David Cameron, Ed Miliband and Nick Clegg took part in the final election television event last night in front of a Question Time audience in Leeds. Last night was originally meant to be the final leaders debate, but Cameron rejected the offer claiming debates would dominate the campaign. In contrast, yesterday’s event received little build up or anticipation. This was reflected in the viewing figures. Only 4.3m viewers tuned in to watch last night, losing out to Emmerdale which received 5.2m.
With an estimated 10m floating voters still to make up their mind ahead of polling day, last night’s Question Time was one of the final opportunities to make a direct appeal to undecided voters. Cameron and Miliband in particular received intense scrutiny from the audience, particularly around issues of trust and their plans in a Hung Parliament.
Audience members accused both Cameron and Miliband of not being honest about events that will unfold on 8 May. One member of the audience even suggested the public would respect politicians more if they came clean and acknowledged the fact they were unlikely to win a majority. In a political system which seems increasingly incapable of producing a strong majority government, politicians campaign as if nothing has changed.
Both Cameron and Miliband appeared to be caught off guard by the intensity of the questioning, but improved as time went on. Clegg was also pressed on the issue of trust, but the audience were slightly kinder than with the two candidates for PM. An ICM poll gave the victory to Cameron (44 per cent), with Miliband in second (38 per cent) and Clegg in third (19 per cent).
Beginning the evening, Cameron deflected the suggestions that the Conservatives would look to cut child credits and restrict child benefits. Cameron was pressed on the familiar issue of how the Conservative Party plans to save £12bn on the welfare budget, and to the annoyance of some of the audience he refused to spell out further details.
The audience were generally quite tough on Cameron, with several questions on the issue of trust, such as why voters don’t trust the Conservatives on the NHS. In general, Cameron handled the Q&A format relatively well, remaining calm but coming across in his new revitalised self, after a subdued start.
The first question to Miliband focused on how voters can trust Labour on tackling the deficit. The audience gave Ed a difficult time on the infamous letter left by Liam Byrne in 2010, with Ed pointing to Labour’s new fiscal promise.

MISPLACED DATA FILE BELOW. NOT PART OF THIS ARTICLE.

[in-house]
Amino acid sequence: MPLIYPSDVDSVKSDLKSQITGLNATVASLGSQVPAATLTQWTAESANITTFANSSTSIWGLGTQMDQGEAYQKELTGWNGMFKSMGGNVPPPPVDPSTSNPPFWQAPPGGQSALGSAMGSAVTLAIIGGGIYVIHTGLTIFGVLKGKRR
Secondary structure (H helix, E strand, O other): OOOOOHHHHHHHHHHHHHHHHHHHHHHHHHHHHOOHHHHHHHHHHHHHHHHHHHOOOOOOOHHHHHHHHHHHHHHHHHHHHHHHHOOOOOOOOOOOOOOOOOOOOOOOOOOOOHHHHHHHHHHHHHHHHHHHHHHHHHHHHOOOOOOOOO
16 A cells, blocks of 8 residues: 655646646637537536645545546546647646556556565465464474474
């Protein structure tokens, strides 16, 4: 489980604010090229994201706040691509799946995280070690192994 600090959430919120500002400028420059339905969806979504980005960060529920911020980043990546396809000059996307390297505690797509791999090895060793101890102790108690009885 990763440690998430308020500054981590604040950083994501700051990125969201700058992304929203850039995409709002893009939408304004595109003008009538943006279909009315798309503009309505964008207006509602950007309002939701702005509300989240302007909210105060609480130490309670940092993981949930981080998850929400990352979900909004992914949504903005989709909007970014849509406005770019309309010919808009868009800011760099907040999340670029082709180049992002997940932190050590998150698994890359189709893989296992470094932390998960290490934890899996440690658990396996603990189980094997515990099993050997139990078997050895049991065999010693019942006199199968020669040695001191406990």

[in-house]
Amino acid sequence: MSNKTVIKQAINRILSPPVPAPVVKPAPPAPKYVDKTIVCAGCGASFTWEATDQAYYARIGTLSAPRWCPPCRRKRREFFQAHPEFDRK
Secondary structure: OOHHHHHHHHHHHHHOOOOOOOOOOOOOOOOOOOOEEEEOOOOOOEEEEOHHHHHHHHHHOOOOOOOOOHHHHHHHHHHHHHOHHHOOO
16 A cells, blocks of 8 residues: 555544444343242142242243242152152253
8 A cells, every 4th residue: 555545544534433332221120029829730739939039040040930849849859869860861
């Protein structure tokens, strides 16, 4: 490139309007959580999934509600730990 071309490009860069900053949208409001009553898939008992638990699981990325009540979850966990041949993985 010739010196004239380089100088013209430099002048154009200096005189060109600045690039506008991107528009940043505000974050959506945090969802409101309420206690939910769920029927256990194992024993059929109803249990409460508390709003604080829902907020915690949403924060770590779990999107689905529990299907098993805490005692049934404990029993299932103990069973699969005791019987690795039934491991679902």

Under tough questioning, it was easy to forget that a few months ago under such circumstances Miliband could have crumbled quite easily. Instead, Miliband maintained his impressive campaign performances of late. The issue of economic credibility still hangs over Labour’s chances though, and he got less applause than Cameron.
On Labour and the SNP, Miliband said if not doing a deal with the SNP meant not being in government “then so be it”. He carefully left open support on a vote by vote basis though. In short, Miliband is asking Nicola Sturgeon whether the SNP will vote down Labour to bring in a Conservative led government.
Clegg also faced a question on trust to begin with, over tuition fees. Clegg attempted to shift the question to point out how much the Lib Dems had achieved in office, highlighting that he had apologised “in song no less” for the tuition fees pledge. Clegg tried to cast himself in contrast to Cameron and Miliband, criticising the pair for not discussing where they would compromise in the event of a Hung Parliament. After the audience had given the previous two leaders a tough time on this point, Clegg used it to his advantage.
Clegg reiterated his position that the largest party in terms of seats should get first chance to form a government. He did add, however, if no deal could be reached then other options would need to be considered (ie with the second largest party).
In truth, we did not learn much last night that we did not already know, apart from the fact politicians will now think twice before appearing in front of a live audience in Leeds. The most tweeted about moment of the night? That would be Miliband tripping and nearly falling over as he left the stage of course.